You are viewing 181–190 programs of 342.

Popup

Options for developing a natural resource-based economy in Arnhem Land: Payments for environmental services

Nanni Concu, Australian National University

Indigenous Participation in Australian Economies conference, 10 November 2009

Payments for Environmental Services (PES) are used to simultaneously tackle poverty and environmental degradation. Using data from two field sites, Nanni Concu talks about the potential of PES to promote a natural-resource-based economy in Arnhem Land.

Transcript

economy, environment, indigenous

Popup

The 1968–69 introduction of equal wages for Aboriginal pastoral workers in the Kimberley

Fiona Skyring, consultant historian

Indigenous Participation in Australian Economies conference, 10 November 2009

Challenging the idea that equal wages caused mass eviction and unemployment for Aboriginal people, Fiona Skyring looks at other factors such as how government investigations in 1965 and 1966 discouraged station owners from appropriating pension payments.

Transcript

economy, indigenous, industry, work

Popup

Workfare, welfare and the hybrid economy: The Western Arrernte in Central Australia

Diane Austin-Broos, University of Sydney

Indigenous Participation in Australian Economies conference, 10 November 2009

A self-proclaimed ‘hybrid economy skeptic’, Diane Austin-Broos offers some reasons why the Western Arrernte’s Community Development Employment Project became ‘welfare’ rather than ‘workfare.’

economy, indigenous, work

Popup

Social and cultural factors in remote area Indigenous enterprise development

Deirdre Tedmanson (paper co-authored by Bobby Banerjee)

Indigenous Participation in Australian Economies conference, 10 November 2009

Deirdre Tedmanson uses Foucault’s notion of ‘governmentality’ to explore impediments to enterprise development in ‘remote’ homelands and communities on the Anangu Pitjantjatjara Yankunytjatjara lands of South Australia, and ways of overcoming them.

economy, indigenous

Popup

From barter to award wages: Aboriginal labour and Methodist missions in Arnhem Land

Gwenda Baker, Monash University

Indigenous Participation in Australian Economies conference, 10 November 2009

Gwenda Baker traces the history of Aboriginal labour on Methodist missions in Arnhem Land, where award wages led to fewer jobs. While resenting the low wages, some Aborigines see their work on the missions as a highlight of enterprise and achievement.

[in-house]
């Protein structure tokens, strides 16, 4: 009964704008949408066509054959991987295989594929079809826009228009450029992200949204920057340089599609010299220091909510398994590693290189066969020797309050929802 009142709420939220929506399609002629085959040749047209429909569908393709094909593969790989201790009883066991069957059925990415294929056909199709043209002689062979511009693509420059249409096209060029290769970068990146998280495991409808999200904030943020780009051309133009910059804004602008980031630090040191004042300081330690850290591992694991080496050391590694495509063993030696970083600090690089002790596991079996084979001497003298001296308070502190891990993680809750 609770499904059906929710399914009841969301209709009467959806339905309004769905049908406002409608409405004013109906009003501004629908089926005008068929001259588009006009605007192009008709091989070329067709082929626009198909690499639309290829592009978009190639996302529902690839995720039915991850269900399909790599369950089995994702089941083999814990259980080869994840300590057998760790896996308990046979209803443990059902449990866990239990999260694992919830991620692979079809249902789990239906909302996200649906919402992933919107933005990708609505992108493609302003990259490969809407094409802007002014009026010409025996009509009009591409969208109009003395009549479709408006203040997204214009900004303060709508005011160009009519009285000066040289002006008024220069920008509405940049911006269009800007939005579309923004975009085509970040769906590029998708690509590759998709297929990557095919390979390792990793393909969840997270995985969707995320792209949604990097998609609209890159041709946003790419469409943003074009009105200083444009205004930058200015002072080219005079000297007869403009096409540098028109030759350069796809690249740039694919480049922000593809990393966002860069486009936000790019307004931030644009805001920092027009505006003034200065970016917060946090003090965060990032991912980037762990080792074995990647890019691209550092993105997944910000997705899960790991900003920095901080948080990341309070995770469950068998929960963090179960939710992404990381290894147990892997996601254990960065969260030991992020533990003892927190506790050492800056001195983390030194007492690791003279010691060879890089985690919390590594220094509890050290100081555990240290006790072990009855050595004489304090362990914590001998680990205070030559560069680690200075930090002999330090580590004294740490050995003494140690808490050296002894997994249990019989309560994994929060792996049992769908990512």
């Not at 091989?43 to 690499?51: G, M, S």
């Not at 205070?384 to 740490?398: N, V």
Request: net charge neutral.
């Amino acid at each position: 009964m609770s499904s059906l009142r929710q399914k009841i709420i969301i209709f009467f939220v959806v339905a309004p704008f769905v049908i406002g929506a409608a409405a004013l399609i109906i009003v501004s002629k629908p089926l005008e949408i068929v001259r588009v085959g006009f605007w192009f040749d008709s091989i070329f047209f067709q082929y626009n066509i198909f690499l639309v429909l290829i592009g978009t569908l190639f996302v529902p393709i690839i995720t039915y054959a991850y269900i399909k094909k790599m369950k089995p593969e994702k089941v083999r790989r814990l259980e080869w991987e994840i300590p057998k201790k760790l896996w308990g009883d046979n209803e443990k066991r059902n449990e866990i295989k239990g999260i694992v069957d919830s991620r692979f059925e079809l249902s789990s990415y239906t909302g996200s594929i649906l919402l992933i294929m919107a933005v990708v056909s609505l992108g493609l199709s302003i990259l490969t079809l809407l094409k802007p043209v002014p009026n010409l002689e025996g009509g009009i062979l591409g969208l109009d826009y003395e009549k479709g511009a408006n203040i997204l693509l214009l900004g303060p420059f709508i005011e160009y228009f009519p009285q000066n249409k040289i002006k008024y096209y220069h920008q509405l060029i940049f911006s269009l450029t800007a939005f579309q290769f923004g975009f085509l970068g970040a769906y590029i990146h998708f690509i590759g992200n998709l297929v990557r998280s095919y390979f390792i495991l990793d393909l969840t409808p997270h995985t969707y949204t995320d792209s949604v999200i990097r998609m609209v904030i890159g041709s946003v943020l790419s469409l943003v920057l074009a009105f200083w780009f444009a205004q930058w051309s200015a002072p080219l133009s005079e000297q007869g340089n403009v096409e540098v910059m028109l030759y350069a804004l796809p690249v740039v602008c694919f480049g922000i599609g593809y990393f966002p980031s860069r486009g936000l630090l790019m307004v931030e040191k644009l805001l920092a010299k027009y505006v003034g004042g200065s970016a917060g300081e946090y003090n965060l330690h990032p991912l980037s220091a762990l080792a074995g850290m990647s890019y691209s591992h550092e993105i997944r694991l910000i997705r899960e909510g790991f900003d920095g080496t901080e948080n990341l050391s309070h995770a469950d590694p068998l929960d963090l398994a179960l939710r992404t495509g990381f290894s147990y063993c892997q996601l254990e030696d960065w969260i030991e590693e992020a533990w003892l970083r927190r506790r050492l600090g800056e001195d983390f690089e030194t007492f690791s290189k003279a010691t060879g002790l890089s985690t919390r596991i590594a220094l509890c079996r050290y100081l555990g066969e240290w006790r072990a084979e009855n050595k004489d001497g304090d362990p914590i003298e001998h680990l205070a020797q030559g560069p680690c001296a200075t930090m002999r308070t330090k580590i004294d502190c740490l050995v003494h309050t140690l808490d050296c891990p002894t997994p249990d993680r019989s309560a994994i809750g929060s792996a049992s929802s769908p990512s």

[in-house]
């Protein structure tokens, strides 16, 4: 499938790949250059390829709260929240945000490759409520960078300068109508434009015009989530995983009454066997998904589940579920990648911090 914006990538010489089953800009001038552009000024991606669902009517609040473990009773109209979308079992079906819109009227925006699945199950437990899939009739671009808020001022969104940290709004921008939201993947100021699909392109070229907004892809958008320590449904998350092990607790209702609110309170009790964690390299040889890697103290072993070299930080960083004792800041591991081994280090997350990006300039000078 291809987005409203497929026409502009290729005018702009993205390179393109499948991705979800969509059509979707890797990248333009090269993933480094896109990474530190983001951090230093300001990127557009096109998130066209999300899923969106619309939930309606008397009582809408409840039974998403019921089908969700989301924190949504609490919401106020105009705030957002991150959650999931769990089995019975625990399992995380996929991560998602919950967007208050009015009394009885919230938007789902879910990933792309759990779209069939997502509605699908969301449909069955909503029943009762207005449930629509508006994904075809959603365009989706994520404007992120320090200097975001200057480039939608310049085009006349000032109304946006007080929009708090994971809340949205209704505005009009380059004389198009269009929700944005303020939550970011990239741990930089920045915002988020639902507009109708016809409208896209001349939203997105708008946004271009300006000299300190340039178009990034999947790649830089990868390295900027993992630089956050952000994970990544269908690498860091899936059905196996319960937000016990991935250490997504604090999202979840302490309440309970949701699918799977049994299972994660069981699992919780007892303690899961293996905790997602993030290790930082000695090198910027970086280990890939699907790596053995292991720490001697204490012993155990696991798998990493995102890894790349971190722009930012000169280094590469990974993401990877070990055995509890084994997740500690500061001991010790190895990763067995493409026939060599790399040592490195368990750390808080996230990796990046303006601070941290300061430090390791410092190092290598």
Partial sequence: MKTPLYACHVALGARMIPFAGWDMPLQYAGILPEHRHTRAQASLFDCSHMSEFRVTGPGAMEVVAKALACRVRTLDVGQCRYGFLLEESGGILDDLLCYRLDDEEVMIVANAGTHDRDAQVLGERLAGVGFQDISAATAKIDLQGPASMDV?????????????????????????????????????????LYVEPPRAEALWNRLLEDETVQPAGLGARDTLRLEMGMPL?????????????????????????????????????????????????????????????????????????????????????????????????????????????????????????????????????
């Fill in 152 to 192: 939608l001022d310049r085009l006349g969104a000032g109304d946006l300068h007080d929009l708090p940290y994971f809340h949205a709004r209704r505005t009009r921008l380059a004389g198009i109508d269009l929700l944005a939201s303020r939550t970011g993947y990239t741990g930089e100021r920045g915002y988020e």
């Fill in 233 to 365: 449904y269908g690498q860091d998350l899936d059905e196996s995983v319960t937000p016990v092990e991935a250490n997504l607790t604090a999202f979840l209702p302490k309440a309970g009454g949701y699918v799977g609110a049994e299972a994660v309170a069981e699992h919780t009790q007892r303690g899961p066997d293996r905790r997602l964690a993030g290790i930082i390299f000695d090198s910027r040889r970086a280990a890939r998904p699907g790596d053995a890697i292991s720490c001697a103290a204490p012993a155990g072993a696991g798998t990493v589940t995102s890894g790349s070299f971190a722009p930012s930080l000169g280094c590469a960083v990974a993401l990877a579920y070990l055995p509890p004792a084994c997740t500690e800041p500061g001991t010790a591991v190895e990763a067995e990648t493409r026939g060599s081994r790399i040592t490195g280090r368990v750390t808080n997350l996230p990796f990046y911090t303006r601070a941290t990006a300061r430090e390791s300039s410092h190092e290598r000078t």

Transcript

economy, indigenous, work

Popup

Demand responsive services and culturally sustainable enterprise in remote Aboriginal settings

Paul Memmott, University of Queensland

Indigenous Participation in Australian Economies conference, 10 November 2009

In a good-practice study of where the Dreamtime meets the market, Paul Memmott discusses the Myuma Group (of three Aboriginal corporations) in far west Queensland, which successfully manages the interplay between demand for and supply of service.

Transcript

economy, indigenous, industry

Popup

Necessity entrepreneurship within a dominant society

Dennis Foley, University of Newcastle

Indigenous Participation in Australian Economies conference, 10 November 2009

Dennis Foley describes two kinds of Indigenous entrepreneur: ‘opportunists’ who seize a concept and use their networks to embark on a business venture, and those who lack capital, so out of ‘necessity’ must adapt to dominant culture to provide the basics.

economy, indigenous, politics

Popup

Policy mismatch and Aboriginal art centres: The tension between economic independence and community development

Gretchen Stolte, Australian National University

Indigenous Participation in Australian Economies conference, 10 November 2009

Gretchen Stolte talks about Aboriginal art centres, arguing that a centre should be funded in accordance with its engagement with the community, because the more community-building it does, the less money it can make.

Transcript

economy, indigenous

Popup

Before the mission station: The incorporation of settlers into a seasonal economy

John White, Australian National University

Indigenous Participation in Australian Economies conference, 10 November 2009

Exploring intercultural relations in the period of pastoral expansion, John White says that working relationships based on reciprocity enabled Aboriginal people to factor settlers into their seasonal movements and carve out a niche in the settler economy.

Transcript

colonial, economy, indigenous

Popup

Wrap-up and discussion

Ian Keen, anthropologist

Indigenous Participation in Australian Economies conference, 10 November 2009

Ian Keen provides a brief, broad view of the discussions over the two-day conference, its themes and its significance, covering hybrid models, empirical studies and the links between research and practice.

Transcript

economy, indigenous

%s1 / %s2